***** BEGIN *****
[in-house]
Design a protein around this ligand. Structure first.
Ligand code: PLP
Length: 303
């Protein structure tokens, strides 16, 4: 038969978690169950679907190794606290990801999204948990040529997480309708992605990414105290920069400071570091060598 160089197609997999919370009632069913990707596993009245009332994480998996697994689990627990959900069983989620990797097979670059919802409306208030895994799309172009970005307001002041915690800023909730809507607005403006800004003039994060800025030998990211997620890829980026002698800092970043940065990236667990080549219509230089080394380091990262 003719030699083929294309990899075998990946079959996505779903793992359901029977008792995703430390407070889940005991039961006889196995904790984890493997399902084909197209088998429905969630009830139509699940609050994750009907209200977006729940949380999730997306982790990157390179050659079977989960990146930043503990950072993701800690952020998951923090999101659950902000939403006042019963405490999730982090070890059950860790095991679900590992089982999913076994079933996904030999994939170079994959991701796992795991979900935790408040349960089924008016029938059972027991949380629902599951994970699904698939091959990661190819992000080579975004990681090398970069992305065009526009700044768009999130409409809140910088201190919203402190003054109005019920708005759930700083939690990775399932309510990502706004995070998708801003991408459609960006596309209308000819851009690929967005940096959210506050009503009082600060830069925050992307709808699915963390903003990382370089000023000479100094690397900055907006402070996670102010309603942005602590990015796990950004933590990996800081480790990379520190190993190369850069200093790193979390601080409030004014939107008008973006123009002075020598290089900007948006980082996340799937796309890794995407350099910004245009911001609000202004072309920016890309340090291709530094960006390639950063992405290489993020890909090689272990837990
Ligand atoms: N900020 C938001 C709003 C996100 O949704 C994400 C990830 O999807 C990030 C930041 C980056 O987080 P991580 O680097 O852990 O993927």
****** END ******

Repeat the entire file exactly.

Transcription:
[in-house]
Design a protein around this ligand. Structure first.
Ligand code: PLP
Length: 303
């Protein structure tokens, strides 16, 4: 038969978690169950679907190794606290990801999204948990040529997480309708992605990414105290920069400071570091060598 160089197609997999919370009632069913990707596993009245009332994480998996697994689990627990959900069983989620990797097979670059919802409306208030895994799309172009970005307001002041915690800023909730809507607005403006800004003039994060800025030998990211997620890829980026002698800092970043940065990236667990080549219509230089080394380091990262 003719030699083929294309990899075998990946079959996505779903793992359901029977008792995703430390407070889940005991039961006889196995904790984890493997399902084909197209088998429905969630009830139509699940609050994750009907209200977006729940949380999730997306982790990157390179050659079977989960990146930043503990950072993701800690952020998951923090999101659950902000939403006042019963405490999730982090070890059950860790095991679900590992089982999913076994079933996904030999994939170079994959991701796992795991979900935790408040349960089924008016029938059972027991949380629902599951994970699904698939091959990661190819992000080579975004990681090398970069992305065009526009700044768009999130409409809140910088201190919203402190003054109005019920708005759930700083939690990775399932309510990502706004995070998708801003991408459609960006596309209308000819851009690929967005940096959210506050009503009082600060830069925050992307709808699915963390903003990382370089000023000479100094690397900055907006402070996670102010309603942005602590990015796990950004933590990996800081480790990379520190190993190369850069200093790193979390601080409030004014939107008008973006123009002075020598290089900007948006980082996340799937796309890794995407350099910004245009911001609000202004072309920016890309340090291709530094960006390639950063992405290489993020890909090689272990837990
Ligand atoms: N900020 C938001 C709003 C996100 O949704 C994400 C990830 O999807 C990030 C930041 C980056 O987080 P991580 O680097 O852990 O993927």